Stasi, S., Papathanasiou, G., Anagnostou, M., Galanos, A., Chronopoulos, E., Baltopoulos, P. I., et al. (2012). Lower extremity functional scale (LEFS): Cross – cultural adaption into Greek and reliability properties of the instrument. Health Science Journal, 6(4), 750–773.
Stasi, S., Papathanasiou, G., Korres, N., Marinakis, G., Chronopoulos, E., Baltopoulos, P. I., et al. (2013). Validation of the lower extremity functional scale in community-dwelling elderly people (LEFS-Greek); determination of functional status cut-off points using TUG test. European Geriatric Medicine, 4(4), 237–241.
Byrd, T. J. W., & Jones, K. S. (2000). Prospective analysis of hip arthroscopy with 2-year follow-up. Arthroscopy, 16(6), 578–587.
Stasi, S., Papathanasiou, G., Diochnou, A., Polikreti, B., Chalimourdas, A., & Macheras, G. A. (2020). Modified Harris hip score as patient-reported outcome measure in osteoarthritic patients: Psychometric properties of the Greek version. Hip International. https://doi.org/10.1177/1120700020901682.
Jones, J. C., Rikli, R. E., & Beam, W. C. (1999). A 30-s chair-stand test as a measure of lower body strength in community-residing older adults. Research Quarterly for Exercise and Sport, 70(2), 113–119.
Podsiadlo, D., & Richardson, S. (1991). The timed “up & go”: A test of basic functional mobility for frail elderly persons. Journal of the American Geriatric Society, 39(2), 142–148.
Nightingale, E. J., Pourkazemi, F., & Hiller, C. E. (2014). Systematic review of timed stair tests. Journal of Rehabilitation Research & Development, 51(3), 335–350.
Nunnally, J. (1978). Psychometric methods (p. 421). New York: McGraw-Hill.
Cappelleri, J. C., Lundy, J. J., & Hays, R. D. (2014). Overview of classical test theory and item response theory for quantitative assessment of items in developing patient-reported outcome measures. Clinical Therapy, 36(5), 648–662.
Terwee, C. B., Mokkink, L. B., Knol, D. L., Ostelo, R. W. J. B., Bouter, L. M., & de Vet, H. C. (2012). Rating the methodological quality in systematic reviews of studies on measurement properties: A scoring system for the COSMIN checklist. Quality of Life Research, 21, 651–657.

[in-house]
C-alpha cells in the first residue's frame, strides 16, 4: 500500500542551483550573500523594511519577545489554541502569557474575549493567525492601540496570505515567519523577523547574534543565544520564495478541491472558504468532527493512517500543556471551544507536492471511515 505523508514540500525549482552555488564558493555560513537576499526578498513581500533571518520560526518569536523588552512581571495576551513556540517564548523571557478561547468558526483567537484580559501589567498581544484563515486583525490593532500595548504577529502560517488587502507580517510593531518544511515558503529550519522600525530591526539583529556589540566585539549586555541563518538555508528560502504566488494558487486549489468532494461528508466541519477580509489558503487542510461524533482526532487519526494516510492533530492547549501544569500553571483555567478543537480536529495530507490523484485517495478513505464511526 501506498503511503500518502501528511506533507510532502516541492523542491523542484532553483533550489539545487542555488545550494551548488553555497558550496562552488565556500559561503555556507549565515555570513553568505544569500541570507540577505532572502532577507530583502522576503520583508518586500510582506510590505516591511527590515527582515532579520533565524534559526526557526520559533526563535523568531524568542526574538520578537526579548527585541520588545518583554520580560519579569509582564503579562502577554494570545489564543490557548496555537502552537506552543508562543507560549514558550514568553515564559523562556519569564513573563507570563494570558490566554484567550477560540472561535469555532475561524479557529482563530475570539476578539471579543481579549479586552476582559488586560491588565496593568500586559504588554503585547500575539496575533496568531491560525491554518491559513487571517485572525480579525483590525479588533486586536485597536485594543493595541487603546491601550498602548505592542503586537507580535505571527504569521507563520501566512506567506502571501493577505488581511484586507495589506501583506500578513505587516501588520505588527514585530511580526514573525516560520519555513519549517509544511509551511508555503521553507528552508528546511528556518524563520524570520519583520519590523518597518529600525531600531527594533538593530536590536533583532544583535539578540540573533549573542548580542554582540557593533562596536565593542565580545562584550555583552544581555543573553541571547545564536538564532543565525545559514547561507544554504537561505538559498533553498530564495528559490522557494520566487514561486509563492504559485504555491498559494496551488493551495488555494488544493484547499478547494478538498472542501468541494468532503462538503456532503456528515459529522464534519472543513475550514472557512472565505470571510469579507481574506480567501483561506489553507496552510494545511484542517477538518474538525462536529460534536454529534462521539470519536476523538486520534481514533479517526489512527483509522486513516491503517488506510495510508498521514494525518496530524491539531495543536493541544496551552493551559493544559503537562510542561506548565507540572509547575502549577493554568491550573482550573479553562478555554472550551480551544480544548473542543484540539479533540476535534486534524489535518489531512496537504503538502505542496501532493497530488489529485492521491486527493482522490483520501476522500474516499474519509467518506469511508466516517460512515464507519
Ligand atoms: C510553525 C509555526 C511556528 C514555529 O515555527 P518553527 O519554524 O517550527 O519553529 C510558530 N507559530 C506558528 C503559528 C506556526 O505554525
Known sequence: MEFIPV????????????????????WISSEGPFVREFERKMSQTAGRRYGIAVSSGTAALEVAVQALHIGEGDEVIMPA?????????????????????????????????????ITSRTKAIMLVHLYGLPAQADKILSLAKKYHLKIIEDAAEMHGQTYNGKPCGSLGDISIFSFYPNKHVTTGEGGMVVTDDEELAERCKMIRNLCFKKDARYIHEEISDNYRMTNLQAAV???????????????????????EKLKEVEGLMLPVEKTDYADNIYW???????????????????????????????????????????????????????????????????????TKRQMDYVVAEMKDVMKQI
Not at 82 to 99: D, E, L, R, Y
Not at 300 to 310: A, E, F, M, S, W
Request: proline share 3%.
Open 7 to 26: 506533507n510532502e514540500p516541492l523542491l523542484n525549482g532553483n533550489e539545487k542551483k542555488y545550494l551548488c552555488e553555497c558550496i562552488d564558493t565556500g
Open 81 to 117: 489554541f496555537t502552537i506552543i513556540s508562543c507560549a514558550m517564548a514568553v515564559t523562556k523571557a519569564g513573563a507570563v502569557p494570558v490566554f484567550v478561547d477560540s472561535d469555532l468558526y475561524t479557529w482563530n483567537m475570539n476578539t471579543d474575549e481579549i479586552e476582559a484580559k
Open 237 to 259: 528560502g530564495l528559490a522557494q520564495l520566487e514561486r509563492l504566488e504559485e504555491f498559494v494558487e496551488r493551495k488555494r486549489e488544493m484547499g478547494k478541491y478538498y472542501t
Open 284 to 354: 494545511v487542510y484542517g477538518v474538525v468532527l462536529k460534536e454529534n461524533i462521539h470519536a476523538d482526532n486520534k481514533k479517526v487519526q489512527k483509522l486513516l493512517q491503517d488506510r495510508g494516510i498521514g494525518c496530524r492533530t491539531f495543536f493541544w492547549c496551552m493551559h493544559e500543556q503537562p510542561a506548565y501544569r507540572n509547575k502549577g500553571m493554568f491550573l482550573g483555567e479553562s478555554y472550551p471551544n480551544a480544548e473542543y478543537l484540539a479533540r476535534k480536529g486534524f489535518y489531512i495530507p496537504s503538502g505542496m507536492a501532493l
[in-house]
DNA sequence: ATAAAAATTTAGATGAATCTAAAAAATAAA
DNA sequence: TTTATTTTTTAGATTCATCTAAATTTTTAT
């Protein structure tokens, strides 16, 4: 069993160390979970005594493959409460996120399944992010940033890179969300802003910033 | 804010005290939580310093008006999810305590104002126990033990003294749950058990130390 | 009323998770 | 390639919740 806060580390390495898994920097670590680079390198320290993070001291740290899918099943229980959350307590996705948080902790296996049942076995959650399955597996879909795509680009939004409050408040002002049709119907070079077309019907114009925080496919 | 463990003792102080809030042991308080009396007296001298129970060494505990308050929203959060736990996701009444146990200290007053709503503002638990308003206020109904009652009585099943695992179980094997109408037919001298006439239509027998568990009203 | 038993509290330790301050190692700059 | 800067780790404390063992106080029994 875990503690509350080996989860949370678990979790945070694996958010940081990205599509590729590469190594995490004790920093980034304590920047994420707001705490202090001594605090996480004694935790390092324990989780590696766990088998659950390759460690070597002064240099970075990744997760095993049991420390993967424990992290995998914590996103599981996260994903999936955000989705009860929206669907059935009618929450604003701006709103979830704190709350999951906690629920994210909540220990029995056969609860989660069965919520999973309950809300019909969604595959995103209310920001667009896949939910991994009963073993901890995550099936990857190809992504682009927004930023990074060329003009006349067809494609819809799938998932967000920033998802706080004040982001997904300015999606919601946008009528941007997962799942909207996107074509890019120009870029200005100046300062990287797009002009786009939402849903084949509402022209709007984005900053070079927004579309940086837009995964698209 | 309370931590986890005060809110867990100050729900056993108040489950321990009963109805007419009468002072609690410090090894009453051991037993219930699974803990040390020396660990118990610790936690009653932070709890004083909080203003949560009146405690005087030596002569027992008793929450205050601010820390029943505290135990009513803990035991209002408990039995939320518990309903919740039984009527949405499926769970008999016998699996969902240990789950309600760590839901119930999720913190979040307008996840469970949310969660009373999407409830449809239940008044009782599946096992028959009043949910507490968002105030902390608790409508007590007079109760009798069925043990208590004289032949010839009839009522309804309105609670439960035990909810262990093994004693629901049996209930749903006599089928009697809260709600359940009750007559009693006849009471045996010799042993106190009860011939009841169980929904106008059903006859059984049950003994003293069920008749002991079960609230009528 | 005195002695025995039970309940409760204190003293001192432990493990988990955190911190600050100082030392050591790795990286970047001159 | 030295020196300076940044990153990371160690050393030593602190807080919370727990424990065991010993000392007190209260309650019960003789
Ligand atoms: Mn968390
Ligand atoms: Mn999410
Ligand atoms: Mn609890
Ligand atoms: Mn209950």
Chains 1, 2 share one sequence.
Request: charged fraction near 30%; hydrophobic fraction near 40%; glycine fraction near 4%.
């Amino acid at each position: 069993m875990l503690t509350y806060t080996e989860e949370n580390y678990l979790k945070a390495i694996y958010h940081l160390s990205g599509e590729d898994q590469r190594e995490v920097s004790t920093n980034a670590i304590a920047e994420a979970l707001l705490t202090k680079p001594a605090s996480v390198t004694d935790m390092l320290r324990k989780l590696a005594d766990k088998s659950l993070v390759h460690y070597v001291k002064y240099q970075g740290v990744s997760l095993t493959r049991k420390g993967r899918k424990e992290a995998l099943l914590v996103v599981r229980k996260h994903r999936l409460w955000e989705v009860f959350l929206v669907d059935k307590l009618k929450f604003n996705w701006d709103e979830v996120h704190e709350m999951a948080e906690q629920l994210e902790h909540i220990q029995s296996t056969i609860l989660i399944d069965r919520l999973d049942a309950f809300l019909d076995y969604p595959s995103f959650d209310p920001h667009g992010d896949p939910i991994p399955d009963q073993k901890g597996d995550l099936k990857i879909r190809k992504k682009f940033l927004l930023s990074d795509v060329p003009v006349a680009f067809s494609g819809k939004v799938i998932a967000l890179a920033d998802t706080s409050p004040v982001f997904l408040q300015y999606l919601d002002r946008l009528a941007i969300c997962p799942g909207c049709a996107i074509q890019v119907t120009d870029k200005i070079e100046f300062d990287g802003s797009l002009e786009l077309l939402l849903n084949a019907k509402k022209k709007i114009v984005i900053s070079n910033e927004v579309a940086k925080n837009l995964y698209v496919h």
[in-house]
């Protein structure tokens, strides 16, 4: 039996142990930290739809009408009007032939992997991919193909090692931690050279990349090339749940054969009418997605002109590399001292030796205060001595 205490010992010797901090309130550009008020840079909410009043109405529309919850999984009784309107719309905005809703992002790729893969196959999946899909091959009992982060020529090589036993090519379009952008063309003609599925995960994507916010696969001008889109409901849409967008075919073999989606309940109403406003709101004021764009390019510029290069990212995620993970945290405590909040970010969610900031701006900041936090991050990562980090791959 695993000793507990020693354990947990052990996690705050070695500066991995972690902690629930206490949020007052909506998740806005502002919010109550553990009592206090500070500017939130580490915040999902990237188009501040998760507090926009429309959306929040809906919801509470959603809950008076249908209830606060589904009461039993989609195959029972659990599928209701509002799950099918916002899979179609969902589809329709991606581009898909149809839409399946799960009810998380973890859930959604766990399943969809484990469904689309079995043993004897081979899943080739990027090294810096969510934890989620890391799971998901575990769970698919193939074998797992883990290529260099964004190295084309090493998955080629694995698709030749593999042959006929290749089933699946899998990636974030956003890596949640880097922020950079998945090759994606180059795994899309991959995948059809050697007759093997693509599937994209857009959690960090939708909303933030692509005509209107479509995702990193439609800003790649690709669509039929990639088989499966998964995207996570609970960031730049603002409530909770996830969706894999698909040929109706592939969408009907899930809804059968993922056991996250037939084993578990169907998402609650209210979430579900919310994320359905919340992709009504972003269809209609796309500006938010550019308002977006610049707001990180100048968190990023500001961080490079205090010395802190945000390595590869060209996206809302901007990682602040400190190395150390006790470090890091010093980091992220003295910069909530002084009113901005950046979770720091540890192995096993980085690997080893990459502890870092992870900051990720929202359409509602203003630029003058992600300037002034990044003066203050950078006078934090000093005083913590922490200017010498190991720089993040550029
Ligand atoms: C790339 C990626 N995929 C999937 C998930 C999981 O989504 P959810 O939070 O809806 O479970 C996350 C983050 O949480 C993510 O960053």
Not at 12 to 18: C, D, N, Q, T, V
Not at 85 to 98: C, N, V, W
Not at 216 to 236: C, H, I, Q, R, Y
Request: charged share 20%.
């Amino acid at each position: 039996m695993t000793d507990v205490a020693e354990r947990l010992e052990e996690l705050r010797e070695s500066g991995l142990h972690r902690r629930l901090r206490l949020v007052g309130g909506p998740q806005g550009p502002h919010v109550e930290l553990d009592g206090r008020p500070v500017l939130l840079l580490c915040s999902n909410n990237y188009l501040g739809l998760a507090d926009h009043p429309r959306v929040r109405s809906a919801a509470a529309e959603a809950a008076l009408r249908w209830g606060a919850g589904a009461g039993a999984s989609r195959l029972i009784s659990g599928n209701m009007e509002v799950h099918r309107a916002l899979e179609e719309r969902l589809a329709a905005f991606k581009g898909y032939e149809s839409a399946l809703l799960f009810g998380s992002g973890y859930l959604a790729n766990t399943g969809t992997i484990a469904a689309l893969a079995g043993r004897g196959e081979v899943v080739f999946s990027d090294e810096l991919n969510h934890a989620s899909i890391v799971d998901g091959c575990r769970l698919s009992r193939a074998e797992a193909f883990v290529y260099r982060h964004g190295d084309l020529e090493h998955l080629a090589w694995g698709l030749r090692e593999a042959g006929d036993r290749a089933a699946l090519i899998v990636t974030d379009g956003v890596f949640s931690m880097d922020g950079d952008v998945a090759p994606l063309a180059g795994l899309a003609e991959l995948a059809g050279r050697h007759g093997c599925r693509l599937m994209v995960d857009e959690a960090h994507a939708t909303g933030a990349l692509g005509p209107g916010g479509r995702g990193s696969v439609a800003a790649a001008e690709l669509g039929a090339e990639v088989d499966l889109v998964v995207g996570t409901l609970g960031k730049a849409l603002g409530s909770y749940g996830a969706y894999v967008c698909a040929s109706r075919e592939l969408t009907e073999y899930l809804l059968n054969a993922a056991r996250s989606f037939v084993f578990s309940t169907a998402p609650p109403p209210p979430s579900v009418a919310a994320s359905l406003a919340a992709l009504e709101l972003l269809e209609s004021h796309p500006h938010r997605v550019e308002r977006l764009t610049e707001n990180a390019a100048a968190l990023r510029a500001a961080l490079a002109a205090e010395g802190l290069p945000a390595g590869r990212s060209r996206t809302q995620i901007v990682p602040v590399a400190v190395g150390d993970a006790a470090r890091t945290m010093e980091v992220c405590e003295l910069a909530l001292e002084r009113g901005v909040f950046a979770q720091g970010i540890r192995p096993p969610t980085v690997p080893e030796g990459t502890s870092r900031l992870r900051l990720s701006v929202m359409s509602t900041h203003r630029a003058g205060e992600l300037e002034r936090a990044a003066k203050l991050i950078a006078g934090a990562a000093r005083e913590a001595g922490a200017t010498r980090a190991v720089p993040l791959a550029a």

Reeve, B. B., Hays, R. D., Bjorner, J. B., et al. (2007). Psychometric evaluation and calibration of health-related quality of life item banks: Plans for the patient-reported outcomes measurement information system (PROMIS). Medical Care, 45(5 Suppl 1), S22–S31.
Flora, D. B., & Curran, P. J. (2004). An empirical evaluation of alternative methods of estimation for confirmatory factor analysis with ordinal data. Psychological Methods, 9, 466–491. https://doi.org/10.1037/1082-989X.9.4.466.
Nunnally, J. C., & Bernstein, I. H. (1994). Psychometric theory (3rd ed.). New York: McGraw-Hill.
Terwee, C. B., Bot, S. D. M., de Boer, M. R. D. A. W., van der Windt, Μ., Knol, D. L., Dekker, J., et al. (2007). Quality criteria were proposed for measurement properties of health status questionnaires. Journal of Clinical Epidemiology, 60(1), 34–42.
Bland, J. M., & Altman, D. G. (1986). Statistical methods for assessing agreement between two methods of clinical measurement. Lancet, 327(8476), 307–310. https://doi.org/10.1016/S0140-6736(86)90837-8.
Weir, J. P. (2005). Quantifying test-retest reliability using the intraclass correlation coefficient and the SEM. Journal of Strength and Conditioning Research, 19(1), 231–240.
Polit, D. F., & Beck, C. T. (2006). The content validity index: Are you sure you know what’s being reported? Critique and recommendations. Research in Nursing and Health, 29, 489–497.
Schober, P., Boer, C., & Schwarte, L. A. (2018). Correlation coefficients: Appropriate use and interpretation. Anesthesia and Analgesia, 126(5), 1763–1768.
Spearman’s correlation – Statstutor. Available at: http://www.Statstutor.ar.uc.pdf. Assessed 24 Mar 2019.